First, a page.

Wednesday, January 28, 2009
Of balconies and memories (In Memory of Héctor)
When I was still studying in Spain, I lived in the university dorm reserved for graduate students. It's called Residencia Reyes Católicos, located on Calle Teresa Gil, Valladolid.
I was a nomad for the first 10 months of my stay there, since I was originally assigned to a first-floor room, traditionally reserved for transients. Then I was moved to a fourth-floor room, a small space for students who stayed longer. Finally, I was transferred to Room 307 that had this beautiful and spacious balcony where I used to hang out, cook using my electric paella dish or dry out shoes and clothes. This was where I would stay until I finished my Master's.
In 309 was a Spaniard from Burgos. His name was Héctor. At a young age he was already doing his PhD in Physics. He had studied French, gone to Italy to feed pigeons, tried to date girls, become a member of the Science Museum in Valladolid... too many achievements so early in life. He was a bit weird, too: delayed reactions whenever we told him stories, topics totally unrelated to the conversation, debates over the mundanest topics, a curious gaze, perhaps.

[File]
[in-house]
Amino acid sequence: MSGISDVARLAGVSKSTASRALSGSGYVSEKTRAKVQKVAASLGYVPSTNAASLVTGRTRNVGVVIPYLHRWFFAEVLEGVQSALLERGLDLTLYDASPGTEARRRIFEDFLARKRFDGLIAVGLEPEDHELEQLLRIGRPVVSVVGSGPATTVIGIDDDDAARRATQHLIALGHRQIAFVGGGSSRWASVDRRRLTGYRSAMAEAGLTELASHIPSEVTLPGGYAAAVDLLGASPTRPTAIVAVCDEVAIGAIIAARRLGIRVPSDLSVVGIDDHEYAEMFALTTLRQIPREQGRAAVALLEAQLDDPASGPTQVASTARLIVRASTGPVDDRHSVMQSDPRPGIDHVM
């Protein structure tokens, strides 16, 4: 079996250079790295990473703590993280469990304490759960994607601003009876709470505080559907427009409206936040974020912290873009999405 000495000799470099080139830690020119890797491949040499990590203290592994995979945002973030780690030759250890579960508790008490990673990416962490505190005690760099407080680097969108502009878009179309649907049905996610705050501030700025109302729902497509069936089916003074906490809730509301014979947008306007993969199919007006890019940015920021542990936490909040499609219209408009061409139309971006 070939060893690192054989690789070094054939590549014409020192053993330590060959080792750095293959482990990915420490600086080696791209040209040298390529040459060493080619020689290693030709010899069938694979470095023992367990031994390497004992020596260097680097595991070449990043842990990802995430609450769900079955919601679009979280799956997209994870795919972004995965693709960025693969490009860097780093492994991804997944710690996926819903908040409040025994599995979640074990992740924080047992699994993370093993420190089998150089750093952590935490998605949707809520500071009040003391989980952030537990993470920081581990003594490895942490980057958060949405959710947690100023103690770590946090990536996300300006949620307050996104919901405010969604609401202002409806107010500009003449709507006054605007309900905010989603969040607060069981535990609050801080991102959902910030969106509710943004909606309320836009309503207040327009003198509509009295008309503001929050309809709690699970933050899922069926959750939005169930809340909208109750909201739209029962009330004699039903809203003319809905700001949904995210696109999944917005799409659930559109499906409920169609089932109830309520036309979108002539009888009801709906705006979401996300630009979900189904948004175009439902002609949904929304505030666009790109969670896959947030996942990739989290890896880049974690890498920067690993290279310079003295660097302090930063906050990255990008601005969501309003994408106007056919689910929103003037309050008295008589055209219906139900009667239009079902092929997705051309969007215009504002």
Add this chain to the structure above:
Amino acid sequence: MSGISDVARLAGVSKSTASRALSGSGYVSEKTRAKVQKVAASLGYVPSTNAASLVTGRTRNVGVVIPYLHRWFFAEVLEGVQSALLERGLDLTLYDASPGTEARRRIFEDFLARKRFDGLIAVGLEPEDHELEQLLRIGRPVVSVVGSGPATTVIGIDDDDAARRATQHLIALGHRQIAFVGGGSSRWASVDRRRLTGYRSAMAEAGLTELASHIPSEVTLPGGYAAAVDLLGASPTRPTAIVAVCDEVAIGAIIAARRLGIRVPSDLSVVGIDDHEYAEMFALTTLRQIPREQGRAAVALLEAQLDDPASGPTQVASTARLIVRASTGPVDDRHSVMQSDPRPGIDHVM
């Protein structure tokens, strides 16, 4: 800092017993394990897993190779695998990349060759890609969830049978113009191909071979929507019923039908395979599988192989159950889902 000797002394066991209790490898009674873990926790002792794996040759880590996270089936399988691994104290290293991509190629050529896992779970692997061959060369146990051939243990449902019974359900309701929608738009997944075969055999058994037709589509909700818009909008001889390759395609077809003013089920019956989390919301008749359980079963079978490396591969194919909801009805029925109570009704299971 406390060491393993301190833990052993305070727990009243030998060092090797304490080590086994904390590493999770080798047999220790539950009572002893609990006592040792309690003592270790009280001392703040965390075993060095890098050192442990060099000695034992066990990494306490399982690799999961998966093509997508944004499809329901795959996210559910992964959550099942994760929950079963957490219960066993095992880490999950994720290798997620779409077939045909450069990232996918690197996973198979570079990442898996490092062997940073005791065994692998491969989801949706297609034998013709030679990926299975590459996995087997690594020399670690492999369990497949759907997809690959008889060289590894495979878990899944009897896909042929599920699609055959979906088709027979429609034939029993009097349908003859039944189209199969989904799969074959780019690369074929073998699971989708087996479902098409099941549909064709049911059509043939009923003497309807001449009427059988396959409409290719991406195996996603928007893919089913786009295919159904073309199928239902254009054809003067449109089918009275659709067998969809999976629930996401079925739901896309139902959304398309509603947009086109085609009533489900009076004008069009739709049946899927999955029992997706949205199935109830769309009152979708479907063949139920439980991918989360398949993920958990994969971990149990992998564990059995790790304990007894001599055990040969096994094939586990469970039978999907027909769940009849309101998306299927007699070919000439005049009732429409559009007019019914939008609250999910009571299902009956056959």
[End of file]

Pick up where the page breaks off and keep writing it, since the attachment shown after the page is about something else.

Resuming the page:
But deep in him was a beautiful soul of a person struggling to fit in while trying to be true to himself. When people began laughing behind his back or started imitating his antics, he was oblivious. He was there to study and study he did. When everyone tried to push him away, he tried his best to move in closer, although he was not successful in every attempt. And when he sensed it was futile, he kept to himself and did not say a word.
The last time I saw him was on the day I left for the Philippines, although I had the opportunity to exchanges a few e-mails with him and chat a bit afterwards. Last Thursday, Héctor passed away after falling from his balcony, the same balcony that we all had in Reyes Católicos where we hang out, cook and dry clothes. No one may ever know what's going on inside his head when he fell -- it was so characteristic of him to be secretive -- but I hope that he was not thinking how lonely and oppressive life could be.
And I hope, too, that somehow, somewhere, Héctor could read this and know that he would be sorely missed, and that other people who may be going through rough times and feel that they do not belong know that there's always a willing ear and a helping hand out there to help.
Descansa en paz, Héctor. ¡Hasta la vista!